As the incidence of anterior cruciate ligament (ACL) reconstruction continues to increase, the rate of revision surgery continues to climb. Revision surgery has inherent challenges that must be addressed to achieve successful results. The cause of the primary ACL reconstruction failure should be determined and careful preoperative planning should be performed to address the cause(s) of failure. Each patient undergoing revision surgery should undergo a thorough history and physical examination, receive full-length alignment radiographs, lateral radiographs, 45° flexion weight-bearing posteroanterior radiographs, and patellofemoral radiographs. The 3-dimensional computed tomography scan should be performed to assess tunnel position and widening. Magnetic resonance imaging should be used to assess for intra-articular soft tissue pathology. Meniscal tears, meniscal deficiency, anterolateral capsule injuries, bony morphology, age, activity level, connective tissue diseases, infection, graft choice, and tunnel position can all affect the success of ACL reconstruction surgery. Meniscal lesions should be repaired, and in cases of persistent rotatory instability, extra-articular procedures may be indicated. Furthermore, osteotomies may be needed to correct malalignment or excess posterior tibial slope. Depending on the placement and condition of the original femoral and tibial tunnels, revision surgery may be performed in a single procedure or in a staged manner. In most cases, the surgery can be performed in one procedure. Regardless, the surgeon must communicate with the patient openly regarding the implications of revision ACL surgery, and the treatment plan should be developed in a shared fashion between the surgeon and the patient.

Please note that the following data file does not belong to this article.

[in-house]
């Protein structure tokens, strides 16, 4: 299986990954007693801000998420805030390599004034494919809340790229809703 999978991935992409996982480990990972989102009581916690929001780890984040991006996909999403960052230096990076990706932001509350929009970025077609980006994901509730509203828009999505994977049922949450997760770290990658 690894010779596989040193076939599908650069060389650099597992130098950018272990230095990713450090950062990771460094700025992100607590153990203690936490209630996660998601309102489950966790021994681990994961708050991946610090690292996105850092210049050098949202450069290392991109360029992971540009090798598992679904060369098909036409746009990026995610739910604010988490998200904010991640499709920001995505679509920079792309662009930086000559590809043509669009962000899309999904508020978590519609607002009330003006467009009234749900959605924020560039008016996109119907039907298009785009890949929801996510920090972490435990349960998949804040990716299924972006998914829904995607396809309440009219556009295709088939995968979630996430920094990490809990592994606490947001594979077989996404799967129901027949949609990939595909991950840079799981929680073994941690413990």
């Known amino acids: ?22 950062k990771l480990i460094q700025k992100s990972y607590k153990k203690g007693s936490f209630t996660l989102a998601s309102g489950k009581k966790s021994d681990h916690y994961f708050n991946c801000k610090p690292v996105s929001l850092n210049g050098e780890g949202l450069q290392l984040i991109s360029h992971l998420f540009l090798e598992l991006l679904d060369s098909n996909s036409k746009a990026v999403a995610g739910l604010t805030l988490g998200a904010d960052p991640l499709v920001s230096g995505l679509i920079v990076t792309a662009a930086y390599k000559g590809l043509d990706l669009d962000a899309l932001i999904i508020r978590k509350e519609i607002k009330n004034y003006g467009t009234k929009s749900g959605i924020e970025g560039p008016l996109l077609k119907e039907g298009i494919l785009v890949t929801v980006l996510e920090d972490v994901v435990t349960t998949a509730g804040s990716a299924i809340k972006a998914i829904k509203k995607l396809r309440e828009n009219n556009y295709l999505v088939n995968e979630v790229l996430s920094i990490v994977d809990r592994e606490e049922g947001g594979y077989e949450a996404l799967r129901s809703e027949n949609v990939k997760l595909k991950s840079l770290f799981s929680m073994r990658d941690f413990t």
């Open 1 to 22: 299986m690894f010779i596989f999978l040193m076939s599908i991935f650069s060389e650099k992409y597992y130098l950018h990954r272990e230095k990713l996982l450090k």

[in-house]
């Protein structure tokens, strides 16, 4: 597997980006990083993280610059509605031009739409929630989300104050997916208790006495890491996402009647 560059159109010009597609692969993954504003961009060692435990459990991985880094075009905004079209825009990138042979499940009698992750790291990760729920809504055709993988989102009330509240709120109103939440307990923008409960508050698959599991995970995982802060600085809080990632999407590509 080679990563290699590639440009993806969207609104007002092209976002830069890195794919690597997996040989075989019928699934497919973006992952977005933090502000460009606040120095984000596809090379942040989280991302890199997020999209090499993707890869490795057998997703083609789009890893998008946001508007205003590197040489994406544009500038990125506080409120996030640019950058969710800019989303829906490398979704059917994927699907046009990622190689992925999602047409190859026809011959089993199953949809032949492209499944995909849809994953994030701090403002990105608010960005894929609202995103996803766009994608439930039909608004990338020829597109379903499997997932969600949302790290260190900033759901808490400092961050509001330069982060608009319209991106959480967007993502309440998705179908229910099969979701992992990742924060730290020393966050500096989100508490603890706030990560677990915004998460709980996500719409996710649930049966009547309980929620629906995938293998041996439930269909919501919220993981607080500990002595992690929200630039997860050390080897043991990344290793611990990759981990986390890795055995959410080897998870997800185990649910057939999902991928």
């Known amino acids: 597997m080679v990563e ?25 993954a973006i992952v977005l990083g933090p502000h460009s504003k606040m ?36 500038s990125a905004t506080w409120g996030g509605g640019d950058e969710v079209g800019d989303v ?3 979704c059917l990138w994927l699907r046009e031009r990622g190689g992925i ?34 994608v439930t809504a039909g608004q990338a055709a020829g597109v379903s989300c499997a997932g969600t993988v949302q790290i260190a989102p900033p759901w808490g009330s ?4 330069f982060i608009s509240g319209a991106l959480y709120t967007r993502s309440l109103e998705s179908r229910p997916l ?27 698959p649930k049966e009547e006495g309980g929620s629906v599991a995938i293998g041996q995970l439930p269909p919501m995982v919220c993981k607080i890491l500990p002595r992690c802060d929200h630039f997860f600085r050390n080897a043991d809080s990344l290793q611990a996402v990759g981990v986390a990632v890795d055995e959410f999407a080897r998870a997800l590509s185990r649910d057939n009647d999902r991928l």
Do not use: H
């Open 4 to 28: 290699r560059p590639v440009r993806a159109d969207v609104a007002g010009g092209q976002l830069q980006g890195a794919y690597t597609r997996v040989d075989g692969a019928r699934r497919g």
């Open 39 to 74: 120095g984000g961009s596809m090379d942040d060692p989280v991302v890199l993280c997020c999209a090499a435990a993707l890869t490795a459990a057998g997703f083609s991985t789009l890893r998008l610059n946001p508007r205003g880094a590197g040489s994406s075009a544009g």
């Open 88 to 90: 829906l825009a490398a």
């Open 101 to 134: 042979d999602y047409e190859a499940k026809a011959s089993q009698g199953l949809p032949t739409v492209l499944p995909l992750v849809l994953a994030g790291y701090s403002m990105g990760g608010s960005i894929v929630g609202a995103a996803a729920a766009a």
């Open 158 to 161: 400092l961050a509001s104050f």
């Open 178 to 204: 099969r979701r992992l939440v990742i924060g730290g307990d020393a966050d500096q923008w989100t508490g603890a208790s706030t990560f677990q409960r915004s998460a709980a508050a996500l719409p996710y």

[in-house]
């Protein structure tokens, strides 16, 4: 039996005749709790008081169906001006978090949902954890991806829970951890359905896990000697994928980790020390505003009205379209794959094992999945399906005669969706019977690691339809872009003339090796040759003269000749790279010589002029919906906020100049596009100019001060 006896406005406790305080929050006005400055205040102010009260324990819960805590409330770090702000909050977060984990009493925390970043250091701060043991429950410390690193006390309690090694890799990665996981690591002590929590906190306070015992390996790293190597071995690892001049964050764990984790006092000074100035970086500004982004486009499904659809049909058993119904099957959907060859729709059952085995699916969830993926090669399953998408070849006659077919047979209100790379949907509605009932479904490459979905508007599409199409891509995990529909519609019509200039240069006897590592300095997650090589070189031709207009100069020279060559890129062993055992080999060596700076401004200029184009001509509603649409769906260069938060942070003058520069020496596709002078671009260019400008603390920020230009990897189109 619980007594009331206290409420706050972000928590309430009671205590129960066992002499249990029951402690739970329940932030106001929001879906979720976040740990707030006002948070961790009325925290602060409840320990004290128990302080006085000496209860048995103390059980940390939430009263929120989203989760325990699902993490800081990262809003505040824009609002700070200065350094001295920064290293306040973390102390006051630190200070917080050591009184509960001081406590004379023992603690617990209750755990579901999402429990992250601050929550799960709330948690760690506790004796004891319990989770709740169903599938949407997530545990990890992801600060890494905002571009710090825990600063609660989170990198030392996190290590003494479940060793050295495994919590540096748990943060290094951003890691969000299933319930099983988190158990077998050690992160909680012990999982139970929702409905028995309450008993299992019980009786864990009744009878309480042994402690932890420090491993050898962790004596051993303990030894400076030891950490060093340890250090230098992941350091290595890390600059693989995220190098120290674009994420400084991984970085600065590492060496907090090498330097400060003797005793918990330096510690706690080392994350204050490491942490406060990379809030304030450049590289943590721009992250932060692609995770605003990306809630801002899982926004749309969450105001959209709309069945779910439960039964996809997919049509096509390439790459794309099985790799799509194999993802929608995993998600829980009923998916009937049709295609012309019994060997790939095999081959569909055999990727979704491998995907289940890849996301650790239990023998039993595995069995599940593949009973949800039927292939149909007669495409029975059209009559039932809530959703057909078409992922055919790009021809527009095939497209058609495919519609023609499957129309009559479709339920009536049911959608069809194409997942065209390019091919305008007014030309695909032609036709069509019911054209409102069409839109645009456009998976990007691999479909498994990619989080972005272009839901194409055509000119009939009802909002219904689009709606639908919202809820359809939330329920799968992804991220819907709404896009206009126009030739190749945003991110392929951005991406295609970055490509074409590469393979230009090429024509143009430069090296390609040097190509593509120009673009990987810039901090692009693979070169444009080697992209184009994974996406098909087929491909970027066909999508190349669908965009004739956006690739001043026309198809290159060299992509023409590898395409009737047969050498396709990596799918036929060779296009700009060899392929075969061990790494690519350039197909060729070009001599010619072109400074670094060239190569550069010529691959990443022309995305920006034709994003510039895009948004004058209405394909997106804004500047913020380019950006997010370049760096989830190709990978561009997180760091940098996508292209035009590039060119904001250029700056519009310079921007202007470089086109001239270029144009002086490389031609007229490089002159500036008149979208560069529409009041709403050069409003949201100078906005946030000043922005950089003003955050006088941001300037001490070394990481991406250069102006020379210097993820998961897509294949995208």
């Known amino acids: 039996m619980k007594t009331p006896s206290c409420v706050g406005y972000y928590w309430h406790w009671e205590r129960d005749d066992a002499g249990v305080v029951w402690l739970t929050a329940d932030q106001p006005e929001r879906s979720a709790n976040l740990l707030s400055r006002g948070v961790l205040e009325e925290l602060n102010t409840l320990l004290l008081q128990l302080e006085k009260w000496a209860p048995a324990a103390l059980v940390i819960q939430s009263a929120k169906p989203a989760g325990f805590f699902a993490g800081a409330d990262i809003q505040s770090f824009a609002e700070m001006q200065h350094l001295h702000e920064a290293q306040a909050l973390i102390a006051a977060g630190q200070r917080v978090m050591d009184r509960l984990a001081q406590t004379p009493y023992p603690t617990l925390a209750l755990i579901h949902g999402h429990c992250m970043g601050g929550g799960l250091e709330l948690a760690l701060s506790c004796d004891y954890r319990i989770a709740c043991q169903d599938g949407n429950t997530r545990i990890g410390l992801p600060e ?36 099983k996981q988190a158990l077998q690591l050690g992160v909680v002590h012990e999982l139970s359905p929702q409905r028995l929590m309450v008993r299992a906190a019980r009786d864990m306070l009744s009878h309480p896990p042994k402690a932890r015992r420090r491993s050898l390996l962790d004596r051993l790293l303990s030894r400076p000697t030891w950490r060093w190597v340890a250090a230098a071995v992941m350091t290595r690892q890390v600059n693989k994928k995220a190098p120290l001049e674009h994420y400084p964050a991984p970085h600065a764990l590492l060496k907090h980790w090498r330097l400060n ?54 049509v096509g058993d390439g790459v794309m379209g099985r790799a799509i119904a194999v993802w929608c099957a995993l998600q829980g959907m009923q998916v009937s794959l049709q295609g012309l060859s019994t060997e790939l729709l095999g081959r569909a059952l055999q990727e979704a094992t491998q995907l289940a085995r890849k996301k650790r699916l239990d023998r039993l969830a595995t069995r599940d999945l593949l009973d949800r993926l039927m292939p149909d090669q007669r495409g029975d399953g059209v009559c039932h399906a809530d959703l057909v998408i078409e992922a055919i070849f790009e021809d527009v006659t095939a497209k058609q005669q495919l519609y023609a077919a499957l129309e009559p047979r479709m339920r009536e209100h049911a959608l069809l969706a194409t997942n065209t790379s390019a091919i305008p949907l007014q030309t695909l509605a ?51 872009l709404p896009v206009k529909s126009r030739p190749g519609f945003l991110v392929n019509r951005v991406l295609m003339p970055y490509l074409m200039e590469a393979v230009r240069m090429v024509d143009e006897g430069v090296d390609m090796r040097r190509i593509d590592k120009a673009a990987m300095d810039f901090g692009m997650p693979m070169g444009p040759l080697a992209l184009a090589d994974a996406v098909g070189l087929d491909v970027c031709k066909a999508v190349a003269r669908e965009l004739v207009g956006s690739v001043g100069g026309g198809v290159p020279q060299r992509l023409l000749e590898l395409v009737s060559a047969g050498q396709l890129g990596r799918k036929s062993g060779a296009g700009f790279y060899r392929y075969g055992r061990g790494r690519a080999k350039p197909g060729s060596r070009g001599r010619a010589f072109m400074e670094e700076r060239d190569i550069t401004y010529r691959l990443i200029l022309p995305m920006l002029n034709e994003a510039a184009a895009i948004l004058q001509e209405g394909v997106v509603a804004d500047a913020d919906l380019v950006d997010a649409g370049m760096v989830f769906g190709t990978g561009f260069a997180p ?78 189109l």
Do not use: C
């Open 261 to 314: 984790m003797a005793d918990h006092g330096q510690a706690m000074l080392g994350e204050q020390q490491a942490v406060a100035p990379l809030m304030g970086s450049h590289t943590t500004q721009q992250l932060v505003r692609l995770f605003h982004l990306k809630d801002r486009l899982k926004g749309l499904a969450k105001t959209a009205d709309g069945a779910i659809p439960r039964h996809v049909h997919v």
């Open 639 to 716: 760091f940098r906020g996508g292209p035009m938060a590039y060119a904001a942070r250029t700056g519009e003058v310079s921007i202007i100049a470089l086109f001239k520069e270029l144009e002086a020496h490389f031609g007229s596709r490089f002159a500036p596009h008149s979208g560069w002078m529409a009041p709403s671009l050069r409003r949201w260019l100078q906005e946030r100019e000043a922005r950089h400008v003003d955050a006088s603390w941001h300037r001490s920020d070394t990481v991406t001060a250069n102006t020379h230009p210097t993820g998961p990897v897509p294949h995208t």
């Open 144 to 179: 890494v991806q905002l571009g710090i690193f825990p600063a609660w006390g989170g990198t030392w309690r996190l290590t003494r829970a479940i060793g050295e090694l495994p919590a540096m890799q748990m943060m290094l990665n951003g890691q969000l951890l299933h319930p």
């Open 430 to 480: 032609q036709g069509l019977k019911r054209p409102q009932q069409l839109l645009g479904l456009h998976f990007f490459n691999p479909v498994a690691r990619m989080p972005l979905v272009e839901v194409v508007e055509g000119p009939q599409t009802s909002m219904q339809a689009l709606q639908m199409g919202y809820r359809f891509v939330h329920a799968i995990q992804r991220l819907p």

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Published in Operative Techniques in Orthopaedics, v. 27, issue 1, p. 63-69.

© 2017 Elsevier Inc. All rights reserved.

This manuscript version is made available under the CC‐BY‐NC‐ND 4.0 license https://creativecommons.org/licenses/by-nc-nd/4.0/.

The document available for download is the author's post-peer-review final draft of the article.

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